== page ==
Joseph is, after all, one whom God clothes, or endows, with honor of office. The expression "arrayed him in vestures" answers to the Egyptian expression Db3 mnx. Clothing in robes connotes the endowments and honors of office. First in order comes the ring or seal, Db'.t, which again recalls Db3. The Hebrew consonantal sequence tz-p-n-t matches Db3 + p3 nTr, Db', Db, Tb, etc. Db'.t, a nominal form, suggests reading Zaphnath-paaneah as "the seal of God, the Living One," or, as a verb (Db'), "the god (or goddess, or Neith) will seal (place his seal on, claim ownership of) the Living One." Joseph, with his seal, evokes Solomon.
The first hurdle for any interpretation of Zaphnath-paaneah is whether that interpretation can be readily rendered back into Egyptian. The second, poses the question of whether any such name or naming formula in fact occurs in the Egyptian record--so far as we can ascertain such things. Again, does the name somehow match the themes and imagery of the narrative, or correspond to the other Egyptian names found in the narrative?
The Egyptian record indeed attests the personal name Db3, Djeba, which frequently occurs as a male name in the Middle Kingdom (H. Ranke, Die Aegyptischen Personennamen I, 406, 5). We also find the names Db3-nfr and Db3-snb (Good successor, Healthy successor), which both suggest the idea of the replacement of the father with a goodly son. The names suggest payback, that is, repayment for some good deed.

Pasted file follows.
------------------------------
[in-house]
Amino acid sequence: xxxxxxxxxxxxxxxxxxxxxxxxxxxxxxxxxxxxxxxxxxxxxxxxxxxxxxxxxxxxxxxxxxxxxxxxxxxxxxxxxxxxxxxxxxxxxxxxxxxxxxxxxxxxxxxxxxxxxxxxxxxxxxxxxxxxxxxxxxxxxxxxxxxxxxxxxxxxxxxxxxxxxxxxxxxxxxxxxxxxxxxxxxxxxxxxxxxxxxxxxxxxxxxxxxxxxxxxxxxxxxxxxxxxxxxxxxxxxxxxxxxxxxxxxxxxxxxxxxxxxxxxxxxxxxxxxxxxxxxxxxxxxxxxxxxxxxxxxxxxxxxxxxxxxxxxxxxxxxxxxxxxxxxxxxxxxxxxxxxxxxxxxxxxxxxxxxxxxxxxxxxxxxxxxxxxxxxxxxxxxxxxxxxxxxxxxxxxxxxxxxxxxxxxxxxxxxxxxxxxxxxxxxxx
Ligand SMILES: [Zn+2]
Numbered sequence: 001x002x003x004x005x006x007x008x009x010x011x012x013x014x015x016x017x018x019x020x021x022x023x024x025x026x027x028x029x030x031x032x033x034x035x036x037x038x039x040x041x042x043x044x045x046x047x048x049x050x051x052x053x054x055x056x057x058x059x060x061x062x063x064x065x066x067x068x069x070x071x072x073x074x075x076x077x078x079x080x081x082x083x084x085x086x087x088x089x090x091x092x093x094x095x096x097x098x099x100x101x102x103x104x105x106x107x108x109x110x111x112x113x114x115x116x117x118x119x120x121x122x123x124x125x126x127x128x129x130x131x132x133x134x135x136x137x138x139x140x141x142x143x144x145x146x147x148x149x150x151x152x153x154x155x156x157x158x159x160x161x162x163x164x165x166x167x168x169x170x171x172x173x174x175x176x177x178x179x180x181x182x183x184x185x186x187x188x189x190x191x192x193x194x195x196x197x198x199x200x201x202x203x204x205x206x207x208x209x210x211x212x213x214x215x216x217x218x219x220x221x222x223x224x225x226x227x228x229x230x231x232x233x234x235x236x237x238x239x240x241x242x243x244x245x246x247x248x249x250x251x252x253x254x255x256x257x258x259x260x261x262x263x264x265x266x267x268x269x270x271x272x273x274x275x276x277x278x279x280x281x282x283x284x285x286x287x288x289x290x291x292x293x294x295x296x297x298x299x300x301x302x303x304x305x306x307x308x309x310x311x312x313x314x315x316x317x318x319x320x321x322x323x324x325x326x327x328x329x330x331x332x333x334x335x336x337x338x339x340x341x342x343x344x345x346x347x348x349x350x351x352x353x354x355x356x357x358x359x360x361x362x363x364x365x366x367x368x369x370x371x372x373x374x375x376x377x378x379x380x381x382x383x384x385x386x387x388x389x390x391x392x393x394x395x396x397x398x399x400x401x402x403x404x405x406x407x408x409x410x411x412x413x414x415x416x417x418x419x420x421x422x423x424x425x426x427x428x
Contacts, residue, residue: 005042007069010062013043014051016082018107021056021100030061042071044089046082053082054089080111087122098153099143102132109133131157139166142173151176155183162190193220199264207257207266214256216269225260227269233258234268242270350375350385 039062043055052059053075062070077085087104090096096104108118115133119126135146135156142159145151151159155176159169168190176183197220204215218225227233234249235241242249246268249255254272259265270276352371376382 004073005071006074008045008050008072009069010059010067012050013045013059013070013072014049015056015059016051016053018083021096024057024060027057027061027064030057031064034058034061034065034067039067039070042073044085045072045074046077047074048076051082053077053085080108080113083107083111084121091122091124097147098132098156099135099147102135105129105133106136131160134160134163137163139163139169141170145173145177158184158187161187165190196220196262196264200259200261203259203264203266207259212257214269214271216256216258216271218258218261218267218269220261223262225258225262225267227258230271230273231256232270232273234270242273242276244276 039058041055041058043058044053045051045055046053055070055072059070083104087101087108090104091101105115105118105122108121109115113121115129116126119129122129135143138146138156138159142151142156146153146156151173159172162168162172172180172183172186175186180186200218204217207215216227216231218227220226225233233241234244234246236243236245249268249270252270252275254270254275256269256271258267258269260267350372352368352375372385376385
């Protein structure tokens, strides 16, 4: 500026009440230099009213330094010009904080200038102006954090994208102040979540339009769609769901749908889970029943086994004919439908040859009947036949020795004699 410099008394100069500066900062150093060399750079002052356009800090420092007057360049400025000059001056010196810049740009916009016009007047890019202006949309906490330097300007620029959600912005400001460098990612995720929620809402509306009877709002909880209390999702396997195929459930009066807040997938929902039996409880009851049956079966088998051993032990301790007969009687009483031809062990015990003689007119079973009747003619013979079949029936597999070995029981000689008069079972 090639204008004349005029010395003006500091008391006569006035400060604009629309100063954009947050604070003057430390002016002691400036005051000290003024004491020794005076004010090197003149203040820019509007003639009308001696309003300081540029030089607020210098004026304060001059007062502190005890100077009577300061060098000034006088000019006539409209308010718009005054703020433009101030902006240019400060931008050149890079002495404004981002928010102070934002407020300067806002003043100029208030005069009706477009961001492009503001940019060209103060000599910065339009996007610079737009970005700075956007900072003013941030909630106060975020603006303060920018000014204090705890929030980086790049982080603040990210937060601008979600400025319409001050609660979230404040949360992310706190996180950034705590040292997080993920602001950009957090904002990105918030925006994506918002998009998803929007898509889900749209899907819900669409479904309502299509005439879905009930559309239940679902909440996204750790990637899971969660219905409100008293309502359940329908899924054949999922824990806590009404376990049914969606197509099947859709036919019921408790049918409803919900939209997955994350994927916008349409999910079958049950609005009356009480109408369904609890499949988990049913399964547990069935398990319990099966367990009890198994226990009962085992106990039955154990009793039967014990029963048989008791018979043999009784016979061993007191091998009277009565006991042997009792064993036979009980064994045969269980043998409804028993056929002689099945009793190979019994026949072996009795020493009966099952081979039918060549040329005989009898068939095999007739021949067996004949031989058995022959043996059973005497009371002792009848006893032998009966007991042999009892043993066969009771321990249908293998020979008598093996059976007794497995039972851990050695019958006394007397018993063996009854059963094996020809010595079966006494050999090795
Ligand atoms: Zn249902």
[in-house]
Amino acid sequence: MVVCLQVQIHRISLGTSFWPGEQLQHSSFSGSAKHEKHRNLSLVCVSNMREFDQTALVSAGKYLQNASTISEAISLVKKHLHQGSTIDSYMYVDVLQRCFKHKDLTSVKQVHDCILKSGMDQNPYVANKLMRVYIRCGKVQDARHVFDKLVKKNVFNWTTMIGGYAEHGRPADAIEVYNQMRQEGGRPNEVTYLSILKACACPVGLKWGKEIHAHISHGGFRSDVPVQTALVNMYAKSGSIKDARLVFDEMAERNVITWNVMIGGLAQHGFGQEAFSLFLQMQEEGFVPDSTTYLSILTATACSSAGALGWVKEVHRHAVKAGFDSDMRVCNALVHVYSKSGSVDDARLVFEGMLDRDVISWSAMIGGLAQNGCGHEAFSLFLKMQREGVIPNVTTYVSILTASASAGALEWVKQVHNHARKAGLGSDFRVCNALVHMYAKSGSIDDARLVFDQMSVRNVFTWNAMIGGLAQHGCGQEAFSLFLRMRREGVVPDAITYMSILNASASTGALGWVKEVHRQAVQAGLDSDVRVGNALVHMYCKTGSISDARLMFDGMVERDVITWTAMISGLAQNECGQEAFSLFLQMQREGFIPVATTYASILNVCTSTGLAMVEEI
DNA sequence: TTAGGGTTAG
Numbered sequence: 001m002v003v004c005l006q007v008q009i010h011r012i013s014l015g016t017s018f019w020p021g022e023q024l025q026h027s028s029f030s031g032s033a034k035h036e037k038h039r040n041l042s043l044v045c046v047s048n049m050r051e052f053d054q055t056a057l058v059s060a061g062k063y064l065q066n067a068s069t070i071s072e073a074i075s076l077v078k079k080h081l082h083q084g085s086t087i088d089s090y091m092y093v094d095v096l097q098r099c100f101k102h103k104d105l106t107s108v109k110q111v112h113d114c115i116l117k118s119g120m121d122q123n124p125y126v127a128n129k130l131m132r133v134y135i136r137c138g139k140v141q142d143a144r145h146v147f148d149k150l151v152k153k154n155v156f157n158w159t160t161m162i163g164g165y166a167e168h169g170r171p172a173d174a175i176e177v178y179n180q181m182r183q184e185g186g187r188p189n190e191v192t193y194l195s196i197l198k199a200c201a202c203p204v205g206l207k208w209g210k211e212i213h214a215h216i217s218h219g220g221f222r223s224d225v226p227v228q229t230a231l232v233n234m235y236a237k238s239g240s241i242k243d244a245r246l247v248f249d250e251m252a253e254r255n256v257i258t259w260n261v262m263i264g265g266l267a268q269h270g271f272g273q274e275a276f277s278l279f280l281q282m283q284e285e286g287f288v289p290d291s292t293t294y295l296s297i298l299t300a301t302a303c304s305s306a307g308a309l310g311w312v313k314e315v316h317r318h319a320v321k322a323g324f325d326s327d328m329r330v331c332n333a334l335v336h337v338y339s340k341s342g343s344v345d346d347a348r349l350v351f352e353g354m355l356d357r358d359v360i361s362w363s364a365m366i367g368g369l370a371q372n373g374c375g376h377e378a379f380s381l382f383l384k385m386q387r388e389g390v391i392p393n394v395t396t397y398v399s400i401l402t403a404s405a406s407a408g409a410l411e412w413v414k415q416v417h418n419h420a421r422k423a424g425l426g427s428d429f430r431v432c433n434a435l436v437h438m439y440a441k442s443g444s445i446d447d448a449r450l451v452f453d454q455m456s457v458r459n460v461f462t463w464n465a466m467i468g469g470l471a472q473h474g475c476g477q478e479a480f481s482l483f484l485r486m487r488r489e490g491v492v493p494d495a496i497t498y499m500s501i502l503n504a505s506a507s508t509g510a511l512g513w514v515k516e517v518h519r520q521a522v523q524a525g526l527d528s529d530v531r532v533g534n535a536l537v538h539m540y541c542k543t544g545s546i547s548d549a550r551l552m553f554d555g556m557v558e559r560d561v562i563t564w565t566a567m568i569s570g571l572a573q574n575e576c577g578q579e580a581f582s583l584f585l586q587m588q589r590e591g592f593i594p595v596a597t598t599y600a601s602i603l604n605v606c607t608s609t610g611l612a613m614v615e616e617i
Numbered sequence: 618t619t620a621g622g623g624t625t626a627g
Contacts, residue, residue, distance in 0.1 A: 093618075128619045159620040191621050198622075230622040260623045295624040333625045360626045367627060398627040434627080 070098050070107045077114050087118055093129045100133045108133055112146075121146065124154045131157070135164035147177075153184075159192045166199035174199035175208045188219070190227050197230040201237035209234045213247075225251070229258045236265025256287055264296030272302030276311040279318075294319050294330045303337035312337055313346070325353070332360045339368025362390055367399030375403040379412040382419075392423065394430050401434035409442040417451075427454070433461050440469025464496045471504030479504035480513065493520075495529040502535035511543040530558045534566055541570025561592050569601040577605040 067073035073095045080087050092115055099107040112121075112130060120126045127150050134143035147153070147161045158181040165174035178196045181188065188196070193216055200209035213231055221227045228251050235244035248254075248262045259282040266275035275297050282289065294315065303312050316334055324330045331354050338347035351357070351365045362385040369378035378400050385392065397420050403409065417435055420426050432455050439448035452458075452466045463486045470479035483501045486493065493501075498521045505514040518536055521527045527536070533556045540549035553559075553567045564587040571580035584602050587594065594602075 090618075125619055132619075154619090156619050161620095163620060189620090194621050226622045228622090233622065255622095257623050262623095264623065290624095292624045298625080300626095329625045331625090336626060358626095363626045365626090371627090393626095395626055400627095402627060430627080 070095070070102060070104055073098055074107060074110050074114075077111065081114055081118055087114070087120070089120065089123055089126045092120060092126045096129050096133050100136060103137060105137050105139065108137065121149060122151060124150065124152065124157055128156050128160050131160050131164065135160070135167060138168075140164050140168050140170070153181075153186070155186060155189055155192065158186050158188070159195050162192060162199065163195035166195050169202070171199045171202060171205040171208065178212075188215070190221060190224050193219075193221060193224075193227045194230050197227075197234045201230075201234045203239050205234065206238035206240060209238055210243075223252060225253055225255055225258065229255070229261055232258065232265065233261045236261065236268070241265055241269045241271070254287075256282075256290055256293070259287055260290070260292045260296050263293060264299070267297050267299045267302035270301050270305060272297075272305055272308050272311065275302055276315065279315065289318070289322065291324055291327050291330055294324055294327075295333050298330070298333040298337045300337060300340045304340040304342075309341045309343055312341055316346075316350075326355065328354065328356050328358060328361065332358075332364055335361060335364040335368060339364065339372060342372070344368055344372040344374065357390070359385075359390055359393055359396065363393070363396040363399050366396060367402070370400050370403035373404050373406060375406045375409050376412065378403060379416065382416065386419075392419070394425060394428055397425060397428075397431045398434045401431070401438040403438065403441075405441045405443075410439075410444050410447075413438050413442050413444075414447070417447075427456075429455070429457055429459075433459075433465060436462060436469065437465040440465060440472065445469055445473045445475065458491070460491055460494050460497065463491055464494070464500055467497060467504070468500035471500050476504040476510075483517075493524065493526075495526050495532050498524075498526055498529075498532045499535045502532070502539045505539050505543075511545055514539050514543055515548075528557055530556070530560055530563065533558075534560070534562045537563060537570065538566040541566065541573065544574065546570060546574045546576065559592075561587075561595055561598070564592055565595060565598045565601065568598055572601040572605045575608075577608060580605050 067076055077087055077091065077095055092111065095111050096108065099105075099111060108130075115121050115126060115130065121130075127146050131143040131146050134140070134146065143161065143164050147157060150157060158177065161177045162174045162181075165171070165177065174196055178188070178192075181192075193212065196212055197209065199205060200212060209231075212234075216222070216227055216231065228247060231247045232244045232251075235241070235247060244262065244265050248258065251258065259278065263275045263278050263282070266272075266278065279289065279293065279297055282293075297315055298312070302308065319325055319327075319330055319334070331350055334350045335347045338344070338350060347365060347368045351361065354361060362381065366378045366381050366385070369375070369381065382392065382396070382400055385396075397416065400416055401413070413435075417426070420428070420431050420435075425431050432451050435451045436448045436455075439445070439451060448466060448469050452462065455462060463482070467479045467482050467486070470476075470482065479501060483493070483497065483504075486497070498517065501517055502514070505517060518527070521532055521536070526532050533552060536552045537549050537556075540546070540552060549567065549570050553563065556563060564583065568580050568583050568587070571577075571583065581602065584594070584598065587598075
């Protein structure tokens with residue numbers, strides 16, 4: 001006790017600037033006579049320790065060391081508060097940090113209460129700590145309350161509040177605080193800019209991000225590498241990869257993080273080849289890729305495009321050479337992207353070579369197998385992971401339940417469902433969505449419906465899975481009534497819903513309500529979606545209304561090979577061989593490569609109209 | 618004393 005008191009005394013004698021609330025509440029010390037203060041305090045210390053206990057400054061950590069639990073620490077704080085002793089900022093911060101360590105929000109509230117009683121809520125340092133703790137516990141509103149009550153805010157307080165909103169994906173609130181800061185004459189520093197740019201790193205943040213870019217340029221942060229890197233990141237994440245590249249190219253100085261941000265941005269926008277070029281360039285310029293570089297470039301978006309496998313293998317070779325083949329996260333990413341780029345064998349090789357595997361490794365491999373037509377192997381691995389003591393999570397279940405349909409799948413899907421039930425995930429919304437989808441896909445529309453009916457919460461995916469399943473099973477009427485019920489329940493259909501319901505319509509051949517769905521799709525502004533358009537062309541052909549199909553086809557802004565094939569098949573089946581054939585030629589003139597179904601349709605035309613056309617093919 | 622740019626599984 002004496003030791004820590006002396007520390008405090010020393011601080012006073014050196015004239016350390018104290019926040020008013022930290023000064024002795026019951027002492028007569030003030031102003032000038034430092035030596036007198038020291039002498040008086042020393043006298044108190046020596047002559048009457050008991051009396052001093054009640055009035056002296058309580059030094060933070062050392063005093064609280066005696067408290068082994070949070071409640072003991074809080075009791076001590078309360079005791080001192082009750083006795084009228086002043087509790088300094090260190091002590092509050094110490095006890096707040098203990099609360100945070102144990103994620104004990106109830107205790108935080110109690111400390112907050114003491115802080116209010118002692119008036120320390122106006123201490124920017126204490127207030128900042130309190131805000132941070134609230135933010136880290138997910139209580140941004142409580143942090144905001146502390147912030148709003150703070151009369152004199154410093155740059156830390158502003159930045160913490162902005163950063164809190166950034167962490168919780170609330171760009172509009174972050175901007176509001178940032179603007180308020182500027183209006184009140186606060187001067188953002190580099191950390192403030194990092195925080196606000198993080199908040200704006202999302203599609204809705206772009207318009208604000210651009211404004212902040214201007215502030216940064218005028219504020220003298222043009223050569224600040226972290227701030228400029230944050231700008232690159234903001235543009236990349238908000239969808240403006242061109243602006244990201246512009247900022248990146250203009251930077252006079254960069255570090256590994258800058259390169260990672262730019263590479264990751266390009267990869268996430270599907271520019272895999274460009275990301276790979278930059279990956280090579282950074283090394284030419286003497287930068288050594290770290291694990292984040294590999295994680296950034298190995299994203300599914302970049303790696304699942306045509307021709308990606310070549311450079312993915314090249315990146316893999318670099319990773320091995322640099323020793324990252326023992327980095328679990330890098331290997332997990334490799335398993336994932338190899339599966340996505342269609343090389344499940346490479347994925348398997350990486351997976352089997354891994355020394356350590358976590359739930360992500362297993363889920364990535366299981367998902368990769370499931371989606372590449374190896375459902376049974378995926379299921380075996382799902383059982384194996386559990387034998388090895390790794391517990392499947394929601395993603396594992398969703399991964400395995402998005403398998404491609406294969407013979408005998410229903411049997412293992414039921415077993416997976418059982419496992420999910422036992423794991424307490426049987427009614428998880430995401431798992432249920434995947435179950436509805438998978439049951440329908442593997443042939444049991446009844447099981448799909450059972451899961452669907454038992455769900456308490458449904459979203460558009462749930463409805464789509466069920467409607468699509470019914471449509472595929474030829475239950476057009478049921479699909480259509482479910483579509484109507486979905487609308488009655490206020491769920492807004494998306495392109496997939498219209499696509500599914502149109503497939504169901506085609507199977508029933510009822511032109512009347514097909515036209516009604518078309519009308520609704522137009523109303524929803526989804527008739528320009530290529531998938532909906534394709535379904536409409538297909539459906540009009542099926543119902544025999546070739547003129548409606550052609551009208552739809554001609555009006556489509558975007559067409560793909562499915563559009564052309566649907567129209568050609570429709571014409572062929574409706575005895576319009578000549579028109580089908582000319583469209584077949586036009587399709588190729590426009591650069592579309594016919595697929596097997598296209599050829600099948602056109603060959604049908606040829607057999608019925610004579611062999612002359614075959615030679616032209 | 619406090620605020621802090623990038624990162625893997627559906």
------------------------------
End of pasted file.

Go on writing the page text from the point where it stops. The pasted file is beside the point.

Db3 carries the sense of something restored, repayment; Db3 nfr thus bespeaks beautiful repayment, beautiful replacement, perfect replacement (he succeeds to his father's honor and office, as a sound replacement). Compare the jdn principle by which the sun god finds manifestation and visibility, substitution and replacement, through the agency of the solar disk. The jtn, or disk, becomes the jdn, or replacement, for the hidden, transcendent Amun-Re (see David Klotz, Five Hymns to Amen-Re from Hibis Temple). Db3 (Djeba) "repayer" signifies "he will repay his parents" by attaining to honor. The feminine name, Db3tysj, likewise suggests "she who will pay back": she will be a good daughter that will repay through her worth, and so graces the parents who took pains to raise her well. Db3 snb is the "healthy repayer," but also he "who repays health"; he is the one who gives back health and soundness to the parents who raised him; he repays them with perfect things: beauty and goodness (nfr).
We discover a pattern:
Who repays in health and soundness.
Who repays in goodness and perfections.
She who is to repay.